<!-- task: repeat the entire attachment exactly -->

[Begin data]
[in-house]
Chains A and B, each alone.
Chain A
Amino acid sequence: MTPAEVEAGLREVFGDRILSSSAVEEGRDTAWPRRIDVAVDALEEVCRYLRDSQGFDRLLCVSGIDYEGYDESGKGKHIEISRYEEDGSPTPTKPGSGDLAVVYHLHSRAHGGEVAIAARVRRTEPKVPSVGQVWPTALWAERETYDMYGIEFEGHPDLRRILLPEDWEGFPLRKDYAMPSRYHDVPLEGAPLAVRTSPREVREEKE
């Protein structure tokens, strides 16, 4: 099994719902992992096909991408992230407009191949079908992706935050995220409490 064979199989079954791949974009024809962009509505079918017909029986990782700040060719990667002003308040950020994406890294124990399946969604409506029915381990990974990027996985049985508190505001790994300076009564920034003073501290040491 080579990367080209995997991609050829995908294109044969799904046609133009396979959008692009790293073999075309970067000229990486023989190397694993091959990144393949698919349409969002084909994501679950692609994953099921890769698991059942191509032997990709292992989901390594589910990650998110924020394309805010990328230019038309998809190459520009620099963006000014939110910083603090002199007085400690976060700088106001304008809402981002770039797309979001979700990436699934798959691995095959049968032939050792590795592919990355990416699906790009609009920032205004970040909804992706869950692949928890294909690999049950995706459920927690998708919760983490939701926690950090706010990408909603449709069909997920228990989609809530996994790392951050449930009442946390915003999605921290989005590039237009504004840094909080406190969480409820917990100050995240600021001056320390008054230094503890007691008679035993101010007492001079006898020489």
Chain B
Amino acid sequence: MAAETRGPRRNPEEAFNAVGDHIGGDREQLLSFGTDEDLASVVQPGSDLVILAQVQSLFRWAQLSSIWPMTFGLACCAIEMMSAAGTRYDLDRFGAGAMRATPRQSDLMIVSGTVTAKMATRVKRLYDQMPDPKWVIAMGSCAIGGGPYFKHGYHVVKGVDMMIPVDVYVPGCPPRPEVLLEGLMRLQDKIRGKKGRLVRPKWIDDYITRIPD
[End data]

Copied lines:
[in-house]
Chains A and B, each alone.
Chain A
Amino acid sequence: MTPAEVEAGLREVFGDRILSSSAVEEGRDTAWPRRIDVAVDALEEVCRYLRDSQGFDRLLCVSGIDYEGYDESGKGKHIEISRYEEDGSPTPTKPGSGDLAVVYHLHSRAHGGEVAIAARVRRTEPKVPSVGQVWPTALWAERETYDMYGIEFEGHPDLRRILLPEDWEGFPLRKDYAMPSRYHDVPLEGAPLAVRTSPREVREEKE
């Protein structure tokens, strides 16, 4: 099994719902992992096909991408992230407009191949079908992706935050995220409490 064979199989079954791949974009024809962009509505079918017909029986990782700040060719990667002003308040950020994406890294124990399946969604409506029915381990990974990027996985049985508190505001790994300076009564920034003073501290040491 080579990367080209995997991609050829995908294109044969799904046609133009396979959008692009790293073999075309970067000229990486023989190397694993091959990144393949698919349409969002084909994501679950692609994953099921890769698991059942191509032997990709292992989901390594589910990650998110924020394309805010990328230019038309998809190459520009620099963006000014939110910083603090002199007085400690976060700088106001304008809402981002770039797309979001979700990436699934798959691995095959049968032939050792590795592919990355990416699906790009609009920032205004970040909804992706869950692949928890294909690999049950995706459920927690998708919760983490939701926690950090706010990408909603449709069909997920228990989609809530996994790392951050449930009442946390915003999605921290989005590039237009504004840094909080406190969480409820917990100050995240600021001056320390008054230094503890007691008679035993101010007492001079006898020489």
Chain B
Amino acid sequence: MAAETRGPRRNPEEAFNAVGDHIGGDREQLLSFGTDEDLASVVQPGSDLVILAQVQSLFRWAQLSSIWPMTFGLACCAIEMMSAAGTRYDLDRFGAGAMRATPRQSDLMIVSGTVTAKMATRVKRLYDQMPDPKWVIAMGSCAIGGGPYFKHGYHVVKGVDMMIPVDVYVPGCPPRPEVLLEGLMRLQDKIRGKKGRLVRPKWIDDYITRIPD